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# NAG Toolbox: nag_nonpar_rank_regsn (g08ra)

## Purpose

nag_nonpar_rank_regsn (g08ra) calculates the parameter estimates, score statistics and their variance-covariance matrices for the linear model using a likelihood based on the ranks of the observations.

## Syntax

[prvr, irank, zin, eta, vapvec, parest, ifail] = g08ra(nv, y, x, idist, nmax, tol, 'ns', ns, 'ip', ip)
[prvr, irank, zin, eta, vapvec, parest, ifail] = nag_nonpar_rank_regsn(nv, y, x, idist, nmax, tol, 'ns', ns, 'ip', ip)

## Description

Analysis of data can be made by replacing observations by their ranks. The analysis produces inference for regression arguments arising from the following model.
For random variables ${Y}_{1},{Y}_{2},\dots ,{Y}_{n}$ we assume that, after an arbitrary monotone increasing differentiable transformation, $h\left(.\right)$, the model
 $hYi= xiT β+εi$ (1)
holds, where ${x}_{i}$ is a known vector of explanatory variables and $\beta$ is a vector of $p$ unknown regression coefficients. The ${\epsilon }_{i}$ are random variables assumed to be independent and identically distributed with a completely known distribution which can be one of the following: Normal, logistic, extreme value or double-exponential. In Pettitt (1982) an estimate for $\beta$ is proposed as $\stackrel{^}{\beta }=M{X}^{\mathrm{T}}a$ with estimated variance-covariance matrix $M$. The statistics $a$ and $M$ depend on the ranks ${r}_{i}$ of the observations ${Y}_{i}$ and the density chosen for ${\epsilon }_{i}$.
The matrix $X$ is the $n$ by $p$ matrix of explanatory variables. It is assumed that $X$ is of rank $p$ and that a column or a linear combination of columns of $X$ is not equal to the column vector of $1$ or a multiple of it. This means that a constant term cannot be included in the model (1). The statistics $a$ and $M$ are found as follows. Let ${\epsilon }_{i}$ have pdf $f\left(\epsilon \right)$ and let $g=-{f}^{\prime }/f$. Let ${W}_{1},{W}_{2},\dots ,{W}_{n}$ be order statistics for a random sample of size $n$ with the density $f\left(.\right)$. Define ${Z}_{i}=g\left({W}_{i}\right)$, then ${a}_{i}=E\left({Z}_{{r}_{i}}\right)$. To define $M$ we need ${M}^{-1}={X}^{\mathrm{T}}\left(B-A\right)X$, where $B$ is an $n$ by $n$ diagonal matrix with ${B}_{ii}=E\left({g}^{\prime }\left({W}_{{r}_{i}}\right)\right)$ and $A$ is a symmetric matrix with ${A}_{ij}=\mathrm{cov}\left({Z}_{{r}_{i}},{Z}_{{r}_{j}}\right)$. In the case of the Normal distribution, the ${Z}_{1}<\cdots <{Z}_{n}$ are standard Normal order statistics and $E\left({g}^{\prime }\left({W}_{i}\right)\right)=1$, for $i=1,2,\dots ,n$.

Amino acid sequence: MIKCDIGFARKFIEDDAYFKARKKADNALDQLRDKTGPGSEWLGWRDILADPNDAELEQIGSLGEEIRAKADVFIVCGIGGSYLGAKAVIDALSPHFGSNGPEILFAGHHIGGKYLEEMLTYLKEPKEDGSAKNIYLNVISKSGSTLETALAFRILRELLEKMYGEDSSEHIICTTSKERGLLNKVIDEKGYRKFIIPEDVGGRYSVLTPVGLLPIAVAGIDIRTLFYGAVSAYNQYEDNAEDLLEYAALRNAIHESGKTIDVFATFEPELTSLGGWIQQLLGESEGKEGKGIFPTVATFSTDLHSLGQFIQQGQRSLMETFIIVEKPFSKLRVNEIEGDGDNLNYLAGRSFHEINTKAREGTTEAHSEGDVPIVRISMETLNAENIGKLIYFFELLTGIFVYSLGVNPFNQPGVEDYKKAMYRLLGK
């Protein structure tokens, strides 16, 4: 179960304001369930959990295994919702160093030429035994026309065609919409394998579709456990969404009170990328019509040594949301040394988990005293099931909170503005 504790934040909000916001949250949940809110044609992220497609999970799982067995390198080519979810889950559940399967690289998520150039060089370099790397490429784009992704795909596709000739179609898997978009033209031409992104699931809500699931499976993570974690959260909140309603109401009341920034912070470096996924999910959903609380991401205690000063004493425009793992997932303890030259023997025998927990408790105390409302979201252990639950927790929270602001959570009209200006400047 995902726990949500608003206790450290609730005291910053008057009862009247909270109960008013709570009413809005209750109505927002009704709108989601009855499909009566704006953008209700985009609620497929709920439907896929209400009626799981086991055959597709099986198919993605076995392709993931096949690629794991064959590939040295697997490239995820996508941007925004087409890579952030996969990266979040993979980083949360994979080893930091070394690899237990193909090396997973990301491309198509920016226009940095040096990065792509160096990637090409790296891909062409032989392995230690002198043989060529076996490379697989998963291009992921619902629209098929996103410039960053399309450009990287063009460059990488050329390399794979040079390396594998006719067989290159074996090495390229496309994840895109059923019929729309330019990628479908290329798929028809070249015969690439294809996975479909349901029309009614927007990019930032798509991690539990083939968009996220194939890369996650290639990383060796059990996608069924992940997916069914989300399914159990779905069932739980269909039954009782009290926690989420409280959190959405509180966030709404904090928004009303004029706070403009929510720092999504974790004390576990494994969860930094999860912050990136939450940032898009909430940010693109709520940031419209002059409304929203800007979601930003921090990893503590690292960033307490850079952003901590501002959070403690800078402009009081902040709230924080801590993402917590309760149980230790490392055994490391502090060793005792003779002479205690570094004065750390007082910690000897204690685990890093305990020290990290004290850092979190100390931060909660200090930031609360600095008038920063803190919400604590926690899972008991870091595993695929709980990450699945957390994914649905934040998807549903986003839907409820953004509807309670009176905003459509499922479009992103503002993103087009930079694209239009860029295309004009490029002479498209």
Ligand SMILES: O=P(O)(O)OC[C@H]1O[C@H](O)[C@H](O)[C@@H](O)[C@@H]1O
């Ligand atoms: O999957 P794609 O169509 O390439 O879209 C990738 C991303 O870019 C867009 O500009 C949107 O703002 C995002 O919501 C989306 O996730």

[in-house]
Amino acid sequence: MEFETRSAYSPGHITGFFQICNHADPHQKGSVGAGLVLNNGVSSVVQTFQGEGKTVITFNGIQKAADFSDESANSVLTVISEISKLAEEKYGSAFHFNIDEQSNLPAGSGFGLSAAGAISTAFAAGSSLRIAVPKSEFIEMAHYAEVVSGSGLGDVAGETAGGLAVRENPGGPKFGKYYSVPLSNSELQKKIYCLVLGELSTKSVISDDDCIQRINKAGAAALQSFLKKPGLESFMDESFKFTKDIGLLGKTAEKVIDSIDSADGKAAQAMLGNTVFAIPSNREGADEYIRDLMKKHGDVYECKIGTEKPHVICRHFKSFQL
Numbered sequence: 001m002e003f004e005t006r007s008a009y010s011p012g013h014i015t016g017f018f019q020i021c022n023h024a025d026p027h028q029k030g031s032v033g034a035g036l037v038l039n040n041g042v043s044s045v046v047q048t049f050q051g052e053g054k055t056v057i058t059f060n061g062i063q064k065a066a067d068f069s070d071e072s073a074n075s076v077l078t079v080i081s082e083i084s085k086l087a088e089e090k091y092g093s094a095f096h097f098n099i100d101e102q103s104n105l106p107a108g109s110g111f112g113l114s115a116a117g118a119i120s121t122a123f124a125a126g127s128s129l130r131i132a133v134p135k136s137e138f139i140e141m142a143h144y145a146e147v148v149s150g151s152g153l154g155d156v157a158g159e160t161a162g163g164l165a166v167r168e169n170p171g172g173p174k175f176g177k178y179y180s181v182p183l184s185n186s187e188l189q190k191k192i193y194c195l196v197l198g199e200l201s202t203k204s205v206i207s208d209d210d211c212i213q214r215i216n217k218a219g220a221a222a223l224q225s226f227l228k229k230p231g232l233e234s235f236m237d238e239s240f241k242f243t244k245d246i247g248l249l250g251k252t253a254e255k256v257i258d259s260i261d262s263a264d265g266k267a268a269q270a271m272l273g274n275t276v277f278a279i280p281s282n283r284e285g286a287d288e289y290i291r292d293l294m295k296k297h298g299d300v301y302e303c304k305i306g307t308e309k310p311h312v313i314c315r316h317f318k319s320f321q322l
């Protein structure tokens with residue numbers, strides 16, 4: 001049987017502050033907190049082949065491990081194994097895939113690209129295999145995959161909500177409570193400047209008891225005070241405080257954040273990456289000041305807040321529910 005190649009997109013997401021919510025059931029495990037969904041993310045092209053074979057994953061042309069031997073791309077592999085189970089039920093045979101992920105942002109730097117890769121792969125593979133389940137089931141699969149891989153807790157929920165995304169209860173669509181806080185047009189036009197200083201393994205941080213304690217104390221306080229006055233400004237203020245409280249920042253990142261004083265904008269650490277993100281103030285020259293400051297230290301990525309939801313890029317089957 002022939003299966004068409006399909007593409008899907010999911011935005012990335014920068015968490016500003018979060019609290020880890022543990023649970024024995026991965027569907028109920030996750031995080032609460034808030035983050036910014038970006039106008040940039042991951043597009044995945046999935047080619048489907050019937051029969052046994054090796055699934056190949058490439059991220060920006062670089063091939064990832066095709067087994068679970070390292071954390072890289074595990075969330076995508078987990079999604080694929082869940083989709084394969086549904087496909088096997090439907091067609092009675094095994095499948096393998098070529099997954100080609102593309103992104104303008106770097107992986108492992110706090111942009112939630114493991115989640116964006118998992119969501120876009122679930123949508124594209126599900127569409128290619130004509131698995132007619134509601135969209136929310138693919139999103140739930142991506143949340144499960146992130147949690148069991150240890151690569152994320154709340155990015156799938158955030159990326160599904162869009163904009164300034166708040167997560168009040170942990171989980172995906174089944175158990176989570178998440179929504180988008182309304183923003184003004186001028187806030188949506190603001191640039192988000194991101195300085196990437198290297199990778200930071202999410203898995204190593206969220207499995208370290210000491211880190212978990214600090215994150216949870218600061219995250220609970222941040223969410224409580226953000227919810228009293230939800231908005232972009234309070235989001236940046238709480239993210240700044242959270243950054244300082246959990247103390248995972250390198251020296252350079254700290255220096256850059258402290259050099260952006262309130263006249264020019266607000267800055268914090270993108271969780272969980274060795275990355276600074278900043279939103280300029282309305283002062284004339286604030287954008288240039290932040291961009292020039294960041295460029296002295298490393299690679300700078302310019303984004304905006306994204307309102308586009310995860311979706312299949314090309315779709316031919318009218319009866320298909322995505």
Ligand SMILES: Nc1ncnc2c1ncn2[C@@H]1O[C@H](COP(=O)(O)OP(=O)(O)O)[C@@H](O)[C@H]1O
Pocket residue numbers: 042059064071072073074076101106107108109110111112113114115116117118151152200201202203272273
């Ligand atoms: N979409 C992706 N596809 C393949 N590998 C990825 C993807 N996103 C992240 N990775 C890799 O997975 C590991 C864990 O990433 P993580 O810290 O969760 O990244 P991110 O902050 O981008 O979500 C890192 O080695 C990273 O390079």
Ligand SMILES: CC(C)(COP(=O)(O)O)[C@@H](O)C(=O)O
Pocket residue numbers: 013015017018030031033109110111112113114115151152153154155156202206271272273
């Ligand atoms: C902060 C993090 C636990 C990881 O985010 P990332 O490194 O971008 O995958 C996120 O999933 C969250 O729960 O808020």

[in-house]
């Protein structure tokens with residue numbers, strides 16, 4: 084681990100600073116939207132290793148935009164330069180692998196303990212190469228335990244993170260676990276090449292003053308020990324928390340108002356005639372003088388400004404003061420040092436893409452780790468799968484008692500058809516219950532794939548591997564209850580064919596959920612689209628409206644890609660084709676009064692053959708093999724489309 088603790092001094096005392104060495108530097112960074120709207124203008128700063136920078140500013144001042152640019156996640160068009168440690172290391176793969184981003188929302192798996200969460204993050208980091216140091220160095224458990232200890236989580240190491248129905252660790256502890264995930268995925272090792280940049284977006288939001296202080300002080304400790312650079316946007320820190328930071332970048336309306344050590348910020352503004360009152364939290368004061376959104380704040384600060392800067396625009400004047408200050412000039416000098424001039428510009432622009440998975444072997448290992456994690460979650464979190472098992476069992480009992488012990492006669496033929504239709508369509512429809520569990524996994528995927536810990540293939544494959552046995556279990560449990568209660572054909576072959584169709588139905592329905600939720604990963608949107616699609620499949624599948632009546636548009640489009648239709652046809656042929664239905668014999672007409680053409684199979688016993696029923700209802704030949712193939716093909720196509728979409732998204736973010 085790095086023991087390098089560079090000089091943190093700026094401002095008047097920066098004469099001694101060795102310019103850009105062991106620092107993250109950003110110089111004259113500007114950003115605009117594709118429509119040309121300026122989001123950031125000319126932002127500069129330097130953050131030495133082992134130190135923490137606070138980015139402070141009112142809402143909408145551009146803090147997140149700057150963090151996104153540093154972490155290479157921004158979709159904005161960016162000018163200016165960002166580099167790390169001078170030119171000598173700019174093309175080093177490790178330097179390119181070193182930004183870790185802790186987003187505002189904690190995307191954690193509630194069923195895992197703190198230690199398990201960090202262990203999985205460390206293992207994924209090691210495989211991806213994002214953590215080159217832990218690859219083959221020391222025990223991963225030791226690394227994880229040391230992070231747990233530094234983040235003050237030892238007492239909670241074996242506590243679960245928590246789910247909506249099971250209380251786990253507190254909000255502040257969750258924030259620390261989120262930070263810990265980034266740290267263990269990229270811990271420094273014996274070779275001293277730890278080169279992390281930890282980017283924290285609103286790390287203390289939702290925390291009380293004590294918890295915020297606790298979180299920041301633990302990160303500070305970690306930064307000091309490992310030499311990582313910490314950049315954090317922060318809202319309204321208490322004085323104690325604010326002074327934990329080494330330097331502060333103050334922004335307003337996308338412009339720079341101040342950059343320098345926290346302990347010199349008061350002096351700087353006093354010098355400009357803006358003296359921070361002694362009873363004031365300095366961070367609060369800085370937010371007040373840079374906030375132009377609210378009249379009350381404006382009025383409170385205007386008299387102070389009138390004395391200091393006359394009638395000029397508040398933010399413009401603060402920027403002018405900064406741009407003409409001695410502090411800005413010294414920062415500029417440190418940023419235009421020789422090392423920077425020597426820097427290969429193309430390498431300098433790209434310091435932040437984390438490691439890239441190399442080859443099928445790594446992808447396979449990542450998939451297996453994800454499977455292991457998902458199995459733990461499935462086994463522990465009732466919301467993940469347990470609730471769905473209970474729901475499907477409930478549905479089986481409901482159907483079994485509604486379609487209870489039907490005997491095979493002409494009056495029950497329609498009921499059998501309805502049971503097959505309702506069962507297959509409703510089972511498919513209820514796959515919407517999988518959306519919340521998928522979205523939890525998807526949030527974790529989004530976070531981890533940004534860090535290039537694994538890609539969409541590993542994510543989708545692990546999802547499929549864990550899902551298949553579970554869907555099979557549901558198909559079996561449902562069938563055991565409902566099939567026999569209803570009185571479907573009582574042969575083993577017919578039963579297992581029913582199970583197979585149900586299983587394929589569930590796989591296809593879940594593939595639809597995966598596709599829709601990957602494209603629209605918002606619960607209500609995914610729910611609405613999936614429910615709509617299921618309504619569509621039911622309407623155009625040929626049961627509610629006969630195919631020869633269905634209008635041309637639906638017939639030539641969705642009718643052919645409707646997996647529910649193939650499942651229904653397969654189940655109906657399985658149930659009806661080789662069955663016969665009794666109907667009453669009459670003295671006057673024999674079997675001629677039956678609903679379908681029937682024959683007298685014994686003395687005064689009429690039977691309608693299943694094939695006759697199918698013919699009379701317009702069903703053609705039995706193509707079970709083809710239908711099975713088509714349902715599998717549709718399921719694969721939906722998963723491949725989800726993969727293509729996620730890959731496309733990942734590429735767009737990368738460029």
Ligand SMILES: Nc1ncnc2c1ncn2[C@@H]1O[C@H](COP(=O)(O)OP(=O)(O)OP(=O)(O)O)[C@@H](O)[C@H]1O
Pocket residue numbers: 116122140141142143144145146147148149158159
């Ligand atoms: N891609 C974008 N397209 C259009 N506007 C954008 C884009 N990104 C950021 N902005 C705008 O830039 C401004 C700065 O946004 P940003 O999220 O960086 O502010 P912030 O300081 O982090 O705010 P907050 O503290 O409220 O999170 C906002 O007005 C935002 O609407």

The analysis can also deal with ties in the data. Two observations are adjudged to be tied if $\left|{Y}_{i}-{Y}_{j}\right|<{\mathbf{tol}}$, where tol is a user-supplied tolerance level.
Various statistics can be found from the analysis:
 (a) The score statistic ${X}^{\mathrm{T}}a$. This statistic is used to test the hypothesis ${H}_{0}:\beta =0$, see (e). (b) The estimated variance-covariance matrix ${X}^{\mathrm{T}}\left(B-A\right)X$ of the score statistic in (a). (c) The estimate $\stackrel{^}{\beta }=M{X}^{\mathrm{T}}a$. (d) The estimated variance-covariance matrix $M={\left({X}^{\mathrm{T}}\left(B-A\right)X\right)}^{-1}$ of the estimate $\stackrel{^}{\beta }$. (e) The ${\chi }^{2}$ statistic $Q={\stackrel{^}{\beta }}^{\mathrm{T}}{M}^{-1}\stackrel{^}{\beta }={a}^{\mathrm{T}}X{\left({X}^{\mathrm{T}}\left(B-A\right)X\right)}^{-1}{X}^{\mathrm{T}}a$ used to test ${H}_{0}:\beta =0$. Under ${H}_{0}$, $Q$ has an approximate ${\chi }^{2}$-distribution with $p$ degrees of freedom. (f) The standard errors ${M}_{ii}^{1/2}$ of the estimates given in (c). (g) Approximate $z$-statistics, i.e., ${Z}_{i}={\stackrel{^}{\beta }}_{i}/se\left({\stackrel{^}{\beta }}_{i}\right)$ for testing ${H}_{0}:{\beta }_{i}=0$. For $i=1,2,\dots ,n$, ${Z}_{i}$ has an approximate $N\left(0,1\right)$ distribution.
In many situations, more than one sample of observations will be available. In this case we assume the model
 $hkYk= XkT β+ek, k=1,2,…,ns,$
where ns is the number of samples. In an obvious manner, ${Y}_{k}$ and ${X}_{k}$ are the vector of observations and the design matrix for the $k$th sample respectively. Note that the arbitrary transformation ${h}_{k}$ can be assumed different for each sample since observations are ranked within the sample.